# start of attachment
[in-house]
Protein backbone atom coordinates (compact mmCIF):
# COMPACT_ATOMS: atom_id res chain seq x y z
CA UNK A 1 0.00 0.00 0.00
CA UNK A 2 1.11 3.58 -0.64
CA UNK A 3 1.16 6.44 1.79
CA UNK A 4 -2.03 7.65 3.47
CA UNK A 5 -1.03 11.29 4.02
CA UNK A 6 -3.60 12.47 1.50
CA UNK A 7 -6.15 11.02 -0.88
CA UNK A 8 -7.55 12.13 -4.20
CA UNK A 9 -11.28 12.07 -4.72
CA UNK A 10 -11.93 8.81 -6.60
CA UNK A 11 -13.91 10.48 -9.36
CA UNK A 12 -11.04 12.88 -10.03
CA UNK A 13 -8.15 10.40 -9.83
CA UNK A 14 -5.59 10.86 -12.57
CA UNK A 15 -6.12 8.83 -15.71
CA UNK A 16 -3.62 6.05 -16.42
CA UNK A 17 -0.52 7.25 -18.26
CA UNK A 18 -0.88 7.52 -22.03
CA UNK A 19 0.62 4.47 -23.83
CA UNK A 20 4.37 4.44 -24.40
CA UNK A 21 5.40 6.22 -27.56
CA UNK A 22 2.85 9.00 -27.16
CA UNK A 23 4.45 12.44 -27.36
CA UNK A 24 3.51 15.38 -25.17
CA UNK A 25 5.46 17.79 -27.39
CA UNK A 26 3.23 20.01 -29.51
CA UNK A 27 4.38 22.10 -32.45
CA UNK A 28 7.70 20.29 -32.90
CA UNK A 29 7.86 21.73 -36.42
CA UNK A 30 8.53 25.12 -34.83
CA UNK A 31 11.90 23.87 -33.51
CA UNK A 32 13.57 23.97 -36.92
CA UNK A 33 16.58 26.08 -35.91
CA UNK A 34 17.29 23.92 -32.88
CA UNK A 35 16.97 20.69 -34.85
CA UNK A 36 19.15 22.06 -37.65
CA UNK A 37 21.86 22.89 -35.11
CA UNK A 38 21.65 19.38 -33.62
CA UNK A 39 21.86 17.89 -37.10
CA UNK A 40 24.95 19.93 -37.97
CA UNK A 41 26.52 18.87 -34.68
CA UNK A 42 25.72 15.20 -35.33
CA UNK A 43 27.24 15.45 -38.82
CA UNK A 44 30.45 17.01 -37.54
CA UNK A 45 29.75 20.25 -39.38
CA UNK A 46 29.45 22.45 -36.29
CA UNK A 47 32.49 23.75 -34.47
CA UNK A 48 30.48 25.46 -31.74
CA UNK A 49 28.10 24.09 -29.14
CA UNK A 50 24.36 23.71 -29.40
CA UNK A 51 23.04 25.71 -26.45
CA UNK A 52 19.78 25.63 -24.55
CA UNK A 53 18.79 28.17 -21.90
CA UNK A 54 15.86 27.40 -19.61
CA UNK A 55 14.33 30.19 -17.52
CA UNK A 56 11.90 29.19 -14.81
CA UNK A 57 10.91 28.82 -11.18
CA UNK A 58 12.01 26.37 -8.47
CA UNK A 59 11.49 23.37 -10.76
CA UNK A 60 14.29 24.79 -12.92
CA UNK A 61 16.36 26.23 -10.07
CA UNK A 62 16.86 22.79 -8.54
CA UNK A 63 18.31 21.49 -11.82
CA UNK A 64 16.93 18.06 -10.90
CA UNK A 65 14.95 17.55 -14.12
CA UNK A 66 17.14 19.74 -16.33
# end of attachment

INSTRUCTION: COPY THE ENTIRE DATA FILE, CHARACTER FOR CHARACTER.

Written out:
[in-house]
Protein backbone atom coordinates (compact mmCIF):
# COMPACT_ATOMS: atom_id res chain seq x y z
CA UNK A 1 0.00 0.00 0.00
CA UNK A 2 1.11 3.58 -0.64
CA UNK A 3 1.16 6.44 1.79
CA UNK A 4 -2.03 7.65 3.47
CA UNK A 5 -1.03 11.29 4.02
CA UNK A 6 -3.60 12.47 1.50
CA UNK A 7 -6.15 11.02 -0.88
CA UNK A 8 -7.55 12.13 -4.20
CA UNK A 9 -11.28 12.07 -4.72
CA UNK A 10 -11.93 8.81 -6.60
CA UNK A 11 -13.91 10.48 -9.36
CA UNK A 12 -11.04 12.88 -10.03
CA UNK A 13 -8.15 10.40 -9.83
CA UNK A 14 -5.59 10.86 -12.57
CA UNK A 15 -6.12 8.83 -15.71
CA UNK A 16 -3.62 6.05 -16.42
CA UNK A 17 -0.52 7.25 -18.26
CA UNK A 18 -0.88 7.52 -22.03
CA UNK A 19 0.62 4.47 -23.83
CA UNK A 20 4.37 4.44 -24.40
CA UNK A 21 5.40 6.22 -27.56
CA UNK A 22 2.85 9.00 -27.16
CA UNK A 23 4.45 12.44 -27.36
CA UNK A 24 3.51 15.38 -25.17
CA UNK A 25 5.46 17.79 -27.39
CA UNK A 26 3.23 20.01 -29.51
CA UNK A 27 4.38 22.10 -32.45
CA UNK A 28 7.70 20.29 -32.90
CA UNK A 29 7.86 21.73 -36.42
CA UNK A 30 8.53 25.12 -34.83
CA UNK A 31 11.90 23.87 -33.51
CA UNK A 32 13.57 23.97 -36.92
CA UNK A 33 16.58 26.08 -35.91
CA UNK A 34 17.29 23.92 -32.88
CA UNK A 35 16.97 20.69 -34.85
CA UNK A 36 19.15 22.06 -37.65
CA UNK A 37 21.86 22.89 -35.11
CA UNK A 38 21.65 19.38 -33.62
CA UNK A 39 21.86 17.89 -37.10
CA UNK A 40 24.95 19.93 -37.97
CA UNK A 41 26.52 18.87 -34.68
CA UNK A 42 25.72 15.20 -35.33
CA UNK A 43 27.24 15.45 -38.82
CA UNK A 44 30.45 17.01 -37.54
CA UNK A 45 29.75 20.25 -39.38
CA UNK A 46 29.45 22.45 -36.29
CA UNK A 47 32.49 23.75 -34.47
CA UNK A 48 30.48 25.46 -31.74
CA UNK A 49 28.10 24.09 -29.14
CA UNK A 50 24.36 23.71 -29.40
CA UNK A 51 23.04 25.71 -26.45
CA UNK A 52 19.78 25.63 -24.55
CA UNK A 53 18.79 28.17 -21.90
CA UNK A 54 15.86 27.40 -19.61
CA UNK A 55 14.33 30.19 -17.52
CA UNK A 56 11.90 29.19 -14.81
CA UNK A 57 10.91 28.82 -11.18
CA UNK A 58 12.01 26.37 -8.47
CA UNK A 59 11.49 23.37 -10.76
CA UNK A 60 14.29 24.79 -12.92
CA UNK A 61 16.36 26.23 -10.07
CA UNK A 62 16.86 22.79 -8.54
CA UNK A 63 18.31 21.49 -11.82
CA UNK A 64 16.93 18.06 -10.90
CA UNK A 65 14.95 17.55 -14.12
CA UNK A 66 17.14 19.74 -16.33